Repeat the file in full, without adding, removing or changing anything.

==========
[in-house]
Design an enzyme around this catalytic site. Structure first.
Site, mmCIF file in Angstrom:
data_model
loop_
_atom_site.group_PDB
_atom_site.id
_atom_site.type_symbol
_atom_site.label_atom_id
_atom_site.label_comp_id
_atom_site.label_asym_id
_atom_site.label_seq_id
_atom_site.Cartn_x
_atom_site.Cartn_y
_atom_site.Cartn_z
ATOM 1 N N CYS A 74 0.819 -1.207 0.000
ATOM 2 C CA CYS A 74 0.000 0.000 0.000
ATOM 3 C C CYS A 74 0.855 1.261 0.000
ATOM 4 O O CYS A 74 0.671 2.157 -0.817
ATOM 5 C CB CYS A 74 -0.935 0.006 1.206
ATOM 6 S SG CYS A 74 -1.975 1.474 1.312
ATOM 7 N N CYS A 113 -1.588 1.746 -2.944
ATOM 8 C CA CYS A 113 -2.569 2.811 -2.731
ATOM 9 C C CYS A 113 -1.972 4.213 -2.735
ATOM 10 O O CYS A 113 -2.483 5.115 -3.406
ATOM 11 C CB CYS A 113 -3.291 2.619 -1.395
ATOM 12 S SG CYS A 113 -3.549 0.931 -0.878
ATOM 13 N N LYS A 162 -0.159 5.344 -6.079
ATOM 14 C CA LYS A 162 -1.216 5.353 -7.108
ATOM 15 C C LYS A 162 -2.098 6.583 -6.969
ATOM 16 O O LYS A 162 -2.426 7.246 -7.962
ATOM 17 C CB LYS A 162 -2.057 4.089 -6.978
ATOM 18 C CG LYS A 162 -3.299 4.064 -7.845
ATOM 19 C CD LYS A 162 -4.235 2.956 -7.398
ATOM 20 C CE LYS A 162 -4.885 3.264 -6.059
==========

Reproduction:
[in-house]
Design an enzyme around this catalytic site. Structure first.
Site, mmCIF file in Angstrom:
data_model
loop_
_atom_site.group_PDB
_atom_site.id
_atom_site.type_symbol
_atom_site.label_atom_id
_atom_site.label_comp_id
_atom_site.label_asym_id
_atom_site.label_seq_id
_atom_site.Cartn_x
_atom_site.Cartn_y
_atom_site.Cartn_z
ATOM 1 N N CYS A 74 0.819 -1.207 0.000
ATOM 2 C CA CYS A 74 0.000 0.000 0.000
ATOM 3 C C CYS A 74 0.855 1.261 0.000
ATOM 4 O O CYS A 74 0.671 2.157 -0.817
ATOM 5 C CB CYS A 74 -0.935 0.006 1.206
ATOM 6 S SG CYS A 74 -1.975 1.474 1.312
ATOM 7 N N CYS A 113 -1.588 1.746 -2.944
ATOM 8 C CA CYS A 113 -2.569 2.811 -2.731
ATOM 9 C C CYS A 113 -1.972 4.213 -2.735
ATOM 10 O O CYS A 113 -2.483 5.115 -3.406
ATOM 11 C CB CYS A 113 -3.291 2.619 -1.395
ATOM 12 S SG CYS A 113 -3.549 0.931 -0.878
ATOM 13 N N LYS A 162 -0.159 5.344 -6.079
ATOM 14 C CA LYS A 162 -1.216 5.353 -7.108
ATOM 15 C C LYS A 162 -2.098 6.583 -6.969
ATOM 16 O O LYS A 162 -2.426 7.246 -7.962
ATOM 17 C CB LYS A 162 -2.057 4.089 -6.978
ATOM 18 C CG LYS A 162 -3.299 4.064 -7.845
ATOM 19 C CD LYS A 162 -4.235 2.956 -7.398
ATOM 20 C CE LYS A 162 -4.885 3.264 -6.059